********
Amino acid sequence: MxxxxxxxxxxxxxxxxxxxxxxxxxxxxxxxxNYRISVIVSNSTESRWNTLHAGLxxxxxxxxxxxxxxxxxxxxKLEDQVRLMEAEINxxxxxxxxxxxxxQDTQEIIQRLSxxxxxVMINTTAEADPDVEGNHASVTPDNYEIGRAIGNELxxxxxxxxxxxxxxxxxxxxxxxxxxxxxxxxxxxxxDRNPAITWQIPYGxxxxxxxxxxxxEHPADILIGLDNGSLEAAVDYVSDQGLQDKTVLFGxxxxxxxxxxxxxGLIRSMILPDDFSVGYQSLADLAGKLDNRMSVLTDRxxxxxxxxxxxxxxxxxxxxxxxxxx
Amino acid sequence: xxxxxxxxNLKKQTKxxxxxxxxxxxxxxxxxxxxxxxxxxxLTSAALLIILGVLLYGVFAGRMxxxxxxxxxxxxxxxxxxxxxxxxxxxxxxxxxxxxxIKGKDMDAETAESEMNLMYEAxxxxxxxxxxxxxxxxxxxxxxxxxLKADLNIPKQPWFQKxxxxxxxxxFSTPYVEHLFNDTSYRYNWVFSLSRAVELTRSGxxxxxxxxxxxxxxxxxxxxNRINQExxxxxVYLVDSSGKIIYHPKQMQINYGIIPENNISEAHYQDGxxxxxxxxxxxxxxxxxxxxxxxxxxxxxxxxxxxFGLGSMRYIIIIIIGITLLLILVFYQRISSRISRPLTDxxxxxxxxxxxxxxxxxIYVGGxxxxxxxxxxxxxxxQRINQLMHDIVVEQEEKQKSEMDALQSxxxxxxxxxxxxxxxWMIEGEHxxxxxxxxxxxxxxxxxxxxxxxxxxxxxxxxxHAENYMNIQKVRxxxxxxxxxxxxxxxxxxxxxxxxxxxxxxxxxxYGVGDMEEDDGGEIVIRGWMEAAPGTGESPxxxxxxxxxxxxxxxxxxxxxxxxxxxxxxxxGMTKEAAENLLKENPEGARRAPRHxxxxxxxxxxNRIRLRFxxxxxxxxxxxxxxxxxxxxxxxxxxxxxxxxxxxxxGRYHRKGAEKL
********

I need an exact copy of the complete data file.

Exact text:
Amino acid sequence: MxxxxxxxxxxxxxxxxxxxxxxxxxxxxxxxxNYRISVIVSNSTESRWNTLHAGLxxxxxxxxxxxxxxxxxxxxKLEDQVRLMEAEINxxxxxxxxxxxxxQDTQEIIQRLSxxxxxVMINTTAEADPDVEGNHASVTPDNYEIGRAIGNELxxxxxxxxxxxxxxxxxxxxxxxxxxxxxxxxxxxxxDRNPAITWQIPYGxxxxxxxxxxxxEHPADILIGLDNGSLEAAVDYVSDQGLQDKTVLFGxxxxxxxxxxxxxGLIRSMILPDDFSVGYQSLADLAGKLDNRMSVLTDRxxxxxxxxxxxxxxxxxxxxxxxxxx
Amino acid sequence: xxxxxxxxNLKKQTKxxxxxxxxxxxxxxxxxxxxxxxxxxxLTSAALLIILGVLLYGVFAGRMxxxxxxxxxxxxxxxxxxxxxxxxxxxxxxxxxxxxxIKGKDMDAETAESEMNLMYEAxxxxxxxxxxxxxxxxxxxxxxxxxLKADLNIPKQPWFQKxxxxxxxxxFSTPYVEHLFNDTSYRYNWVFSLSRAVELTRSGxxxxxxxxxxxxxxxxxxxxNRINQExxxxxVYLVDSSGKIIYHPKQMQINYGIIPENNISEAHYQDGxxxxxxxxxxxxxxxxxxxxxxxxxxxxxxxxxxxFGLGSMRYIIIIIIGITLLLILVFYQRISSRISRPLTDxxxxxxxxxxxxxxxxxIYVGGxxxxxxxxxxxxxxxQRINQLMHDIVVEQEEKQKSEMDALQSxxxxxxxxxxxxxxxWMIEGEHxxxxxxxxxxxxxxxxxxxxxxxxxxxxxxxxxHAENYMNIQKVRxxxxxxxxxxxxxxxxxxxxxxxxxxxxxxxxxxYGVGDMEEDDGGEIVIRGWMEAAPGTGESPxxxxxxxxxxxxxxxxxxxxxxxxxxxxxxxxGMTKEAAENLLKENPEGARRAPRHxxxxxxxxxxNRIRLRFxxxxxxxxxxxxxxxxxxxxxxxxxxxxxxxxxxxxxGRYHRKGAEKL